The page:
Hereafter, we use the IMSL/Fortran in order to estimate the unknown parameters. The estimation results are shown in Table 2.

The estimations results indicate that both methods gave almost similar effect on the predictors, but the GME estimators have smaller standard error. In general, it can be noted that Mean SES is positively related to school mean math achievement, = 5.33 (0.37) (GLS) and 5.08 (0.24) (GME). Also, Private schools have higher mean achievement than public schools, controlling for the effect of Mean SES, = 1.23 (GLS) and 3.11 (GME). With regard to the slopes, there is a tendency for schools of high Mean-SES to have larger slopes than do schools with low Mean SES, = 1.03 (GLS) and 2.95 (GME). The only difference between the two methods is that the GLS estimates indicated that private schools have weaker SES slopes = -1.64, while the GME estimates indicated that private schools have positive SES slopes = 0.81.

CONCLUSION

This study proposed the GME estimation method in context of parameter estimation of random coefficient models. By comparing the GME estimates with their counterpart based on Goldstein’s estimators, the simulation results demonstrated that GME estimates are superior and often closer to the parameter than the GLS estimates. For all sample sizes used in the simulation study, there is an advantage for using the GME estimator. Also, the real data analysis also supports the robustness of the GME estimation method since the GME estimators have smaller standard errors than the GLS estimators. The conclusions that are suggested by the analysis of the given example are that; the SES positively related to the Math achievement and the private schools have better achievement than the public schools. Moreover, even the GLS method has good advantages from the computational and interpretational point of view; it found that the GME method gives more precise estimates. Consequently, the GME estimator can be recommended as an alternative method for estimating the two level random coefficients parameters.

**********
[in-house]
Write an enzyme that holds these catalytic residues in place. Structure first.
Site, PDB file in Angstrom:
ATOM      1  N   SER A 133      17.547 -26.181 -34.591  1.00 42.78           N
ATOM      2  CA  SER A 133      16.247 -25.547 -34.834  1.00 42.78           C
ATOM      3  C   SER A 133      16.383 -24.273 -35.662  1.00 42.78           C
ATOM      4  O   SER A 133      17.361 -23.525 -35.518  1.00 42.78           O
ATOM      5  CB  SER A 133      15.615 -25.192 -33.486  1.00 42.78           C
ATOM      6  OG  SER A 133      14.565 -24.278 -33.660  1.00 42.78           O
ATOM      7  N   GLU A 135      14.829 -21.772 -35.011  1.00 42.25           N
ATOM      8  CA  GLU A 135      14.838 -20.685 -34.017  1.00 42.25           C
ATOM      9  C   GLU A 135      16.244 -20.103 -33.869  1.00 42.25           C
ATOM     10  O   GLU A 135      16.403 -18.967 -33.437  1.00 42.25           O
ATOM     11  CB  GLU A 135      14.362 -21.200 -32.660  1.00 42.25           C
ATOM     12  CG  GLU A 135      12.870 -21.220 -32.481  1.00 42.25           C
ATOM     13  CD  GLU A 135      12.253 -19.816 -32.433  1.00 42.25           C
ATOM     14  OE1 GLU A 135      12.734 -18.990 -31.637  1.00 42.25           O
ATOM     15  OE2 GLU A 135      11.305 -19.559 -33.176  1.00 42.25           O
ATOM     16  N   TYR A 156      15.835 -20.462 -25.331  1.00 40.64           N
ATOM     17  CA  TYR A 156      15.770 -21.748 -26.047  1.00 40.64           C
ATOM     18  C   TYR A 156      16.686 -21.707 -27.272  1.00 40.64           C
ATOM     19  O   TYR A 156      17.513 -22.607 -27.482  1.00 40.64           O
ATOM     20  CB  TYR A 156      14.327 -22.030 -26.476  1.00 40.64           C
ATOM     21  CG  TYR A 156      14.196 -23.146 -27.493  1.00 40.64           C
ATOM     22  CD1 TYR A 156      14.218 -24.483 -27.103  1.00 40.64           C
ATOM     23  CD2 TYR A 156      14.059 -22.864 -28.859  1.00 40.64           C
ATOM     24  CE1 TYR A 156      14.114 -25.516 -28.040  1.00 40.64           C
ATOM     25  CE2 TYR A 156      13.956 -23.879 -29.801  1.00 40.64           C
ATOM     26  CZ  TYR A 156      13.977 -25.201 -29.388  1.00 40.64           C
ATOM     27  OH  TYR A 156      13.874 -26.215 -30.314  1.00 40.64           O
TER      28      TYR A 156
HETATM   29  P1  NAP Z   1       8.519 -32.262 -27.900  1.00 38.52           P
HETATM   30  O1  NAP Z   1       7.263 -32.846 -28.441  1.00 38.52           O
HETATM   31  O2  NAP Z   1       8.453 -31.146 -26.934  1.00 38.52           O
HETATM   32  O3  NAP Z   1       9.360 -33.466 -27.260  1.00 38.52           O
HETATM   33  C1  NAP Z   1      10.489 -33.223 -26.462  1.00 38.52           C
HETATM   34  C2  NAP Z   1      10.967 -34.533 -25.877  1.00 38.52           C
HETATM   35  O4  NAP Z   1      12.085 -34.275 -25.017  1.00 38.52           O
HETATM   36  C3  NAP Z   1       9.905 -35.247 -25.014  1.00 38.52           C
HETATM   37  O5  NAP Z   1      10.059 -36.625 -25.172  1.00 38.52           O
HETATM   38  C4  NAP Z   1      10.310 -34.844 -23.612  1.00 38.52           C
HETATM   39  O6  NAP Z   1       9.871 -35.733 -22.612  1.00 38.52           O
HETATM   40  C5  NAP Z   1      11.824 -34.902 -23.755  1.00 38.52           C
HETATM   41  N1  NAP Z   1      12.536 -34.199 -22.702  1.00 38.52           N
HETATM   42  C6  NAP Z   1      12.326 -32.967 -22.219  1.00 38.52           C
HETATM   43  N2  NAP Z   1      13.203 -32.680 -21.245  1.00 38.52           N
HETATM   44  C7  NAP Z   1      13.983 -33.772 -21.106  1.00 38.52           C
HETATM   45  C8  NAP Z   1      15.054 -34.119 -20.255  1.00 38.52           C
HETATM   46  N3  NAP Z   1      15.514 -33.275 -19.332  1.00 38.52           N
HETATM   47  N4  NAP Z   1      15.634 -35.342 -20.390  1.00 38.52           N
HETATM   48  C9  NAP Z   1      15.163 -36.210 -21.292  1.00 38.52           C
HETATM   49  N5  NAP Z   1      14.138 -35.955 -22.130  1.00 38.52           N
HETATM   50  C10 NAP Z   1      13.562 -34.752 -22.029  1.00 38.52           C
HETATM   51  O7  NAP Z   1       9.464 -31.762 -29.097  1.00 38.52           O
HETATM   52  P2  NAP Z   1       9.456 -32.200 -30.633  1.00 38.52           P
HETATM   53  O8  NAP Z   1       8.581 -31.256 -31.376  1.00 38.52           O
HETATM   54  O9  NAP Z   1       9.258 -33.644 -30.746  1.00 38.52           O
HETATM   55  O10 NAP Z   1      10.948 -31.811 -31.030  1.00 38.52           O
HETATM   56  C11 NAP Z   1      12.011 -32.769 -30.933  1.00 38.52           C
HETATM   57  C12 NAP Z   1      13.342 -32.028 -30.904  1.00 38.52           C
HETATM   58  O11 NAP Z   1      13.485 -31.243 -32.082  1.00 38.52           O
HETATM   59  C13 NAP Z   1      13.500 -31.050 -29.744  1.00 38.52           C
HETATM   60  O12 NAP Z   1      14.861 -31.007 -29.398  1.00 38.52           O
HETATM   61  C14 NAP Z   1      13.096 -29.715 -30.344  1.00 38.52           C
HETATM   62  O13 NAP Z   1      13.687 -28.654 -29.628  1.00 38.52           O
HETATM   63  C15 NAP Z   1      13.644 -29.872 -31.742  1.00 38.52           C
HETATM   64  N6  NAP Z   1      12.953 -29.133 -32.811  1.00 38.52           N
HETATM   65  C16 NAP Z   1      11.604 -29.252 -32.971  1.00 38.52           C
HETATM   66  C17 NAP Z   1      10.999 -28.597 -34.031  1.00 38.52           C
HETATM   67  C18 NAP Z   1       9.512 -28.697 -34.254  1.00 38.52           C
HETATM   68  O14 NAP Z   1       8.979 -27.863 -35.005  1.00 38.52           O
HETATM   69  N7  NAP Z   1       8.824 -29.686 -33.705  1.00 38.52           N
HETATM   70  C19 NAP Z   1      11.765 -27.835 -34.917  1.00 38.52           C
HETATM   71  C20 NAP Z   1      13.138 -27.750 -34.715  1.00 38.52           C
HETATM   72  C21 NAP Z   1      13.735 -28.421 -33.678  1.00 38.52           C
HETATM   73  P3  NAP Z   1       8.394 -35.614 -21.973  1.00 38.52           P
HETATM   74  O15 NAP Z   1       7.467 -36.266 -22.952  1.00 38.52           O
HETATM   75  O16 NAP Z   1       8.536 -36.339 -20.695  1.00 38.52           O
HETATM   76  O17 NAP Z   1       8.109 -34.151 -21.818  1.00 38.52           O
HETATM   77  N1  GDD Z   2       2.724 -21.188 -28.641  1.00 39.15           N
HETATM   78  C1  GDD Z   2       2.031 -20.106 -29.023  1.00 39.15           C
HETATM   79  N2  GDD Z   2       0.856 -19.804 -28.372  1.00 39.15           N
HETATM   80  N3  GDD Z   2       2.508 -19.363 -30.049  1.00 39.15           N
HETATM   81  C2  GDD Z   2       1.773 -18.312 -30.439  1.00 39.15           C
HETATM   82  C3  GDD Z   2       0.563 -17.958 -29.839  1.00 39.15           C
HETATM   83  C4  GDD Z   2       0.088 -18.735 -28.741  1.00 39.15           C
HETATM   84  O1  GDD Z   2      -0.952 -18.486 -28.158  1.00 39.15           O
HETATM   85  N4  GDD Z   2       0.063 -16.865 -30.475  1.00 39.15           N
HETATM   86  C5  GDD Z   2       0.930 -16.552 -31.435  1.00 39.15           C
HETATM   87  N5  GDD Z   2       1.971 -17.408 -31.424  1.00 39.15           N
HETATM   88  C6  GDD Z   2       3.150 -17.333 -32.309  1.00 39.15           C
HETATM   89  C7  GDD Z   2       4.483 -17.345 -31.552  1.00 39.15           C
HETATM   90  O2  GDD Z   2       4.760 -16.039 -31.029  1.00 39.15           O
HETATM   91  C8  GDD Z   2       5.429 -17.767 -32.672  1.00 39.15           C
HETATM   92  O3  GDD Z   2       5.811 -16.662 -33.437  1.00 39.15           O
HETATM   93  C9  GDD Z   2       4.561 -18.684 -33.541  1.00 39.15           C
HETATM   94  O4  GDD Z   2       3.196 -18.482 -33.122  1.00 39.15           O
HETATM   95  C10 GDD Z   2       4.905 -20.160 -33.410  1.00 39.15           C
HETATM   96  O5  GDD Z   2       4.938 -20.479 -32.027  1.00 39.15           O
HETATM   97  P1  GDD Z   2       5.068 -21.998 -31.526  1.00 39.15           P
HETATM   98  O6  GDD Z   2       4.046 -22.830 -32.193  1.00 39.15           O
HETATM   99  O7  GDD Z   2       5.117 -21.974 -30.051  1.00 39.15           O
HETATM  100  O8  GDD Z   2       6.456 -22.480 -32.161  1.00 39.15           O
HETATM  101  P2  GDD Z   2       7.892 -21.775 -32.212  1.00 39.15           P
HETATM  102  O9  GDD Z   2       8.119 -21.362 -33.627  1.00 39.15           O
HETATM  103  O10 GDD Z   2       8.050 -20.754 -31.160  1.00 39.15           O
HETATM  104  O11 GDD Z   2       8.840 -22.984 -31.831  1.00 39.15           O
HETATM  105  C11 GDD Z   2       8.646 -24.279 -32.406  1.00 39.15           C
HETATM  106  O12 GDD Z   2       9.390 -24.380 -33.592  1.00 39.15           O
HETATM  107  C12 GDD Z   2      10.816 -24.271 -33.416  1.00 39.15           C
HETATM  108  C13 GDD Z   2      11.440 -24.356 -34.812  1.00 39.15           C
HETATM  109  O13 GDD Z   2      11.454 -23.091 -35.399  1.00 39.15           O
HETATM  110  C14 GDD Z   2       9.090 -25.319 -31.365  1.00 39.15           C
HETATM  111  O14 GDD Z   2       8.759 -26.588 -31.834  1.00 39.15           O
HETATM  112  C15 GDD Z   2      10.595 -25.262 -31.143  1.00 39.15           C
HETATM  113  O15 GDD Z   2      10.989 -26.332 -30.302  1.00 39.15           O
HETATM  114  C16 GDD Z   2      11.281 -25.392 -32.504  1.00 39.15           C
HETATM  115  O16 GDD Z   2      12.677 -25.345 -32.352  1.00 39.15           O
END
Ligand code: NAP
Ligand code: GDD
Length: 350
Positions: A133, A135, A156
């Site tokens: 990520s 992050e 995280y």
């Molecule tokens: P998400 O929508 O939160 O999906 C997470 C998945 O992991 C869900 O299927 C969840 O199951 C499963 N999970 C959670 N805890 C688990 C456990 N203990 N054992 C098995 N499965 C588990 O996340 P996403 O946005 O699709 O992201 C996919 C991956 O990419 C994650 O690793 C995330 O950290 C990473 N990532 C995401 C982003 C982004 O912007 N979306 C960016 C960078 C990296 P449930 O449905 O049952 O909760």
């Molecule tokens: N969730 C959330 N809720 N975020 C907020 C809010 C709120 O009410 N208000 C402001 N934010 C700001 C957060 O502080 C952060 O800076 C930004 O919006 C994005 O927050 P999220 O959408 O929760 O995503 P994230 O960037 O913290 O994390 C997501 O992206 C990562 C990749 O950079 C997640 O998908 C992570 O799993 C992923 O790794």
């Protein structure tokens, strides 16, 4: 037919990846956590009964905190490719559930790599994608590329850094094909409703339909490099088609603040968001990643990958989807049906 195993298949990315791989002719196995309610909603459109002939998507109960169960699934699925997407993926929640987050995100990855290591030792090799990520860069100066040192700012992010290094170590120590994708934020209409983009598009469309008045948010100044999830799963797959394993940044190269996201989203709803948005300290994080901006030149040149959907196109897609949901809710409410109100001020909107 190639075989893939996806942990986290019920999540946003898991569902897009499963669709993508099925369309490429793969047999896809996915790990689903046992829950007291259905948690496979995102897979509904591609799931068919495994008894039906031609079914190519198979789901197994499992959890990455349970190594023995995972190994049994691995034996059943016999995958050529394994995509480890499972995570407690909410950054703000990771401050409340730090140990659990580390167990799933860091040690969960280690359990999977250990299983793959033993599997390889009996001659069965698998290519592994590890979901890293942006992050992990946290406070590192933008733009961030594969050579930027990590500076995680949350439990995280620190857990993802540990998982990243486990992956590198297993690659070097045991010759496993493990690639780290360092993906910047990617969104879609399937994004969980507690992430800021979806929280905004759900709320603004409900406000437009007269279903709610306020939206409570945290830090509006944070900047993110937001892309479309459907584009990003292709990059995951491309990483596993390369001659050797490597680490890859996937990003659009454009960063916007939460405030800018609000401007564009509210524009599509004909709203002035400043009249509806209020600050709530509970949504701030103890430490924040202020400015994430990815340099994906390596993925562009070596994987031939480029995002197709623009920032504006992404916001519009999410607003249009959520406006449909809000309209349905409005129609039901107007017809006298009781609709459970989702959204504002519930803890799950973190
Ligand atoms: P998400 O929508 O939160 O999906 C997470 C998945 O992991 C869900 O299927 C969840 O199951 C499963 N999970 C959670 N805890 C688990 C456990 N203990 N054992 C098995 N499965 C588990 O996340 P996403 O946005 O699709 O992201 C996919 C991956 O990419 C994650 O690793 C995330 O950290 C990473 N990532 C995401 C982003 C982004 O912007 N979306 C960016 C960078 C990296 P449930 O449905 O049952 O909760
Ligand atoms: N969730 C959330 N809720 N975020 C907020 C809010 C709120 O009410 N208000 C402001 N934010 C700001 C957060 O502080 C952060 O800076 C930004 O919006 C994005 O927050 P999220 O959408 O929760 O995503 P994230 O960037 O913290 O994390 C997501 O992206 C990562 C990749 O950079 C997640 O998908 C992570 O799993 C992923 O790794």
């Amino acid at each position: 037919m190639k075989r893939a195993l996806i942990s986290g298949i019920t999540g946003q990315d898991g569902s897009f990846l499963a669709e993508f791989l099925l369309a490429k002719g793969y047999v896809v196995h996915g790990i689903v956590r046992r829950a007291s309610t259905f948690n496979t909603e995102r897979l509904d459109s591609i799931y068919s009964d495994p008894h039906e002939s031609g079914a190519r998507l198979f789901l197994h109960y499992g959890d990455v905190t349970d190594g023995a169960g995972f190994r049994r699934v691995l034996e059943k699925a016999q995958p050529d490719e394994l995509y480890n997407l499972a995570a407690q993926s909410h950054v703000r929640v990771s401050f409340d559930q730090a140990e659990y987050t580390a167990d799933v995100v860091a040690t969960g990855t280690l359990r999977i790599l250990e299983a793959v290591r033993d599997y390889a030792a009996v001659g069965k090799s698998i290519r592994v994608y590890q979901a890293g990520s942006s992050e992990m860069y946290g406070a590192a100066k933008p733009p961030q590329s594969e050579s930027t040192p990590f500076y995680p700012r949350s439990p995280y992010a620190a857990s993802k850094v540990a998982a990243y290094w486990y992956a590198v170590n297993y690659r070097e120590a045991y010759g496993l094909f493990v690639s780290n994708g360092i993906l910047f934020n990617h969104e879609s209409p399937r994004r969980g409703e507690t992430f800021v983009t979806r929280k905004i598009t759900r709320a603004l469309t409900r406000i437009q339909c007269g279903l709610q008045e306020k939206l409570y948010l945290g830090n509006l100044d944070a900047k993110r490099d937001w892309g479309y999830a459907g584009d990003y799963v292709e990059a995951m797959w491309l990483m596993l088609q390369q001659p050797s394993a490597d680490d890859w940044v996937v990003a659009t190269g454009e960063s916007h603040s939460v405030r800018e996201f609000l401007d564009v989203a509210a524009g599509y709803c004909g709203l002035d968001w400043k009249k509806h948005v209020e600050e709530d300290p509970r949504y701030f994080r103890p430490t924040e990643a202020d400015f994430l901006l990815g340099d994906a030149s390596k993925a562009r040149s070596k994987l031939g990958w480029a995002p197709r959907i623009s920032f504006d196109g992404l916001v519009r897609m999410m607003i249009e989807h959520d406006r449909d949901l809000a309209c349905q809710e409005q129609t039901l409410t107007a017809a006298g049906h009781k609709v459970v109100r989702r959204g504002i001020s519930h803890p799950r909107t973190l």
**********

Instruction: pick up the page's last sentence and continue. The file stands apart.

ACKNOWLEDGMENTS

Author would like to thank Luigi D’Ambra and Enrico Ciavolino the MTISD2008 Program Committee and a referee for their valuable suggestions which improved the contents of this study.

REFERENCES
Al-Nasser, A.D., 2003. Customer satisfaction measurement models: Generalized maximum entropy approach. Pak. J. Stat., 19: 213-226.
Direct Link  |  

Al-Nasser, A.D., 2005. Entropy type estimator to simple linear measurement error models. Aust. J. Stat., 34: 283-294.
Direct Link  |  

Bryk, A.S. and S.W. Raudenbush, 1992. Hierarchical Linear Model: Application and Data Analysis Method. Sage Publications, New Bury Park, CA.

Ciavolino, E. and A.D. Al-Nasser, 2009. Comparing generalized maximum entropy and partial least squares methods for structural equation models. J. Nonparam. Stat., 21: 1017-1036.
CrossRef  |  Direct Link  |  

Golan, A., 2008. Information and entropy econometrics-a review and synthesis. Foundation Trends Econ., 2: 1-145.
Direct Link  |  

Golan, A., G.G. Judge and D. Miller, 1996. Maximum Entropy Econometrics: Robust Estimation with Limited Data. Wiley, New York, USA., ISBN-13: 978-0471953111, Pages: 324.

Goldstein, H.I. 1987. Multilevel Model in Educational and Social Research. Oxford University Press, London.

Goldstein, H.I., 1986. Multilevel mixed linear model analysis using iterative generalized least squares. Biometrika, 73: 43-56.
CrossRef  |  Direct Link  |  

Jaynes, E.T., 1957. Information and statistical mechanics(I,II). Phys. Rev., 108: 171-190.
Direct Link  |  

Langford, N.T., 1987. A fast scoring algorithm for maximum likelihood estimation in unbalanced mixed models with nested random effects. Biometrika, 74: 817-827.
Direct Link  |  

Raudenbush, S., A. Bryk and R. Condon, 2005. HLM: Hierarchical Linear and Non-linear Modeling. Scientific Software International, Chicago, IL.

Shannon, C.E., 1948. A mathematical theory of communication. Bell Syst. Tech. J., 27: 379-423.
Direct Link  |  

©  2019 Science Alert. All Rights Reserved